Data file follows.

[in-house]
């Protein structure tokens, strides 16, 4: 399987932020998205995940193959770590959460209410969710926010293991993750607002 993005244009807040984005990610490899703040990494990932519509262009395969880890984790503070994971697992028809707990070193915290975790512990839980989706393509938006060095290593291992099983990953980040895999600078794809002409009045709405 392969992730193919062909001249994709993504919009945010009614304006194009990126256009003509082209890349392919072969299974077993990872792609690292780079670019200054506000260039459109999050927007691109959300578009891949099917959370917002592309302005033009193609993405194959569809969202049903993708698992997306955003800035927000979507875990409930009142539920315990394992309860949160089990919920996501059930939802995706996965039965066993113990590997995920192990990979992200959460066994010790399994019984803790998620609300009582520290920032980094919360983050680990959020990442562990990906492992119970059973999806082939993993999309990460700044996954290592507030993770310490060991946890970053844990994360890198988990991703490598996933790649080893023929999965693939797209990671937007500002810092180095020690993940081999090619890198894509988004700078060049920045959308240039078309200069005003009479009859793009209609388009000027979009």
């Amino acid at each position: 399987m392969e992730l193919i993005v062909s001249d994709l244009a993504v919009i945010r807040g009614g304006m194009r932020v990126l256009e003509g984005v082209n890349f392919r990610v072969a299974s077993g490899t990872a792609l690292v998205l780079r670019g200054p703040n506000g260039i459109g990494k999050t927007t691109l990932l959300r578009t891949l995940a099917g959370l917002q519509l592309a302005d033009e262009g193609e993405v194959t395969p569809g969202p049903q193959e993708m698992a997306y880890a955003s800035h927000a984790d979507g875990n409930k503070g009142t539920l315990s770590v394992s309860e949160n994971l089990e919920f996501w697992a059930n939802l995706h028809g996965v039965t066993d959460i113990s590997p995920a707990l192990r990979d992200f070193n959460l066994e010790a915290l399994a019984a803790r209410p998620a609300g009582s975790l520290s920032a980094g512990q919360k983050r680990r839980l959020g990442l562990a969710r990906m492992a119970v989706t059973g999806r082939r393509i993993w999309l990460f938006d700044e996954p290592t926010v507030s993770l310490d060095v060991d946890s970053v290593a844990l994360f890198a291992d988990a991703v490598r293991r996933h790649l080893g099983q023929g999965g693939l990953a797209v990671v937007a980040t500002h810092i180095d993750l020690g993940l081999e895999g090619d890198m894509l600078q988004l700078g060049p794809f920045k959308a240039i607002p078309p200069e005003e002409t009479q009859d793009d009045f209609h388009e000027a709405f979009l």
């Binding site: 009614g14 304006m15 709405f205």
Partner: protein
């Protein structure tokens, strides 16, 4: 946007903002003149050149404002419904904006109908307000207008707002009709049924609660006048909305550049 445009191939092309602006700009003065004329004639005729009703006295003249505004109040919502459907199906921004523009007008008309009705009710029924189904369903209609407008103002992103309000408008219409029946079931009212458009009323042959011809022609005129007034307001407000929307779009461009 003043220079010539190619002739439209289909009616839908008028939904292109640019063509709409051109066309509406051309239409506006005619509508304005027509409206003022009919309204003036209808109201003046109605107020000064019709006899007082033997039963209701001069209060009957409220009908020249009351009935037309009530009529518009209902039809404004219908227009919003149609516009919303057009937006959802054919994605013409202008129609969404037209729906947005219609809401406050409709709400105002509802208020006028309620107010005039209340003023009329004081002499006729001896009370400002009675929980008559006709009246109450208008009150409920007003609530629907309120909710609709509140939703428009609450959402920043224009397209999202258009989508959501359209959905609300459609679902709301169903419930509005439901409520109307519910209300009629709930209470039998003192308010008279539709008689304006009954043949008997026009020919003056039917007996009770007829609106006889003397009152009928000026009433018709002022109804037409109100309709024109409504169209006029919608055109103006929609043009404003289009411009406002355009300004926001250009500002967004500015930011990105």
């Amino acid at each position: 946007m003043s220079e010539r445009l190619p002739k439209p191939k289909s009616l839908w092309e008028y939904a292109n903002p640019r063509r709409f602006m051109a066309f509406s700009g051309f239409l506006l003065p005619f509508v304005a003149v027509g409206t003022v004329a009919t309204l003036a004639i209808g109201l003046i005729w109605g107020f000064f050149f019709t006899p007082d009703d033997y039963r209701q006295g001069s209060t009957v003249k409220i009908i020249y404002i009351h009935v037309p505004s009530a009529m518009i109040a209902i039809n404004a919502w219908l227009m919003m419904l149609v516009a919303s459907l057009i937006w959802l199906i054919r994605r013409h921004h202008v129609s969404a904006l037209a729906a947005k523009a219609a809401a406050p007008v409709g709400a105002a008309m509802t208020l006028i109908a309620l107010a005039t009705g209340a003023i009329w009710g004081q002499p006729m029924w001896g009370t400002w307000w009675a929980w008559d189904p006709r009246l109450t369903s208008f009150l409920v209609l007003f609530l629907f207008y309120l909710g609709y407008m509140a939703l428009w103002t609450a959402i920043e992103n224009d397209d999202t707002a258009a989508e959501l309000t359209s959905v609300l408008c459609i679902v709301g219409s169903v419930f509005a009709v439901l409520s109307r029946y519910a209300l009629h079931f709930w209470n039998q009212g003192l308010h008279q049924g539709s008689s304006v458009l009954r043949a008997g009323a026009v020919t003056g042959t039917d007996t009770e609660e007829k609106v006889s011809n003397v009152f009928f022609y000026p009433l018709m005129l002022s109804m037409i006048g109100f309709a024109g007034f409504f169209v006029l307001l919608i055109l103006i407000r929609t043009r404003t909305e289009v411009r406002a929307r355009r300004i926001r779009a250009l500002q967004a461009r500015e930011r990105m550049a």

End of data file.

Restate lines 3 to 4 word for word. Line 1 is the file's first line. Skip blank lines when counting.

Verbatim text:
């Amino acid at each position: 399987m392969e992730l193919i993005v062909s001249d994709l244009a993504v919009i945010r807040g009614g304006m194009r932020v990126l256009e003509g984005v082209n890349f392919r990610v072969a299974s077993g490899t990872a792609l690292v998205l780079r670019g200054p703040n506000g260039i459109g990494k999050t927007t691109l990932l959300r578009t891949l995940a099917g959370l917002q519509l592309a302005d033009e262009g193609e993405v194959t395969p569809g969202p049903q193959e993708m698992a997306y880890a955003s800035h927000a984790d979507g875990n409930k503070g009142t539920l315990s770590v394992s309860e949160n994971l089990e919920f996501w697992a059930n939802l995706h028809g996965v039965t066993d959460i113990s590997p995920a707990l192990r990979d992200f070193n959460l066994e010790a915290l399994a019984a803790r209410p998620a609300g009582s975790l520290s920032a980094g512990q919360k983050r680990r839980l959020g990442l562990a969710r990906m492992a119970v989706t059973g999806r082939r393509i993993w999309l990460f938006d700044e996954p290592t926010v507030s993770l310490d060095v060991d946890s970053v290593a844990l994360f890198a291992d988990a991703v490598r293991r996933h790649l080893g099983q023929g999965g693939l990953a797209v990671v937007a980040t500002h810092i180095d993750l020690g993940l081999e895999g090619d890198m894509l600078q988004l700078g060049p794809f920045k959308a240039i607002p078309p200069e005003e002409t009479q009859d793009d009045f209609h388009e000027a709405f979009l």
């Binding site: 009614g14 304006m15 709405f205």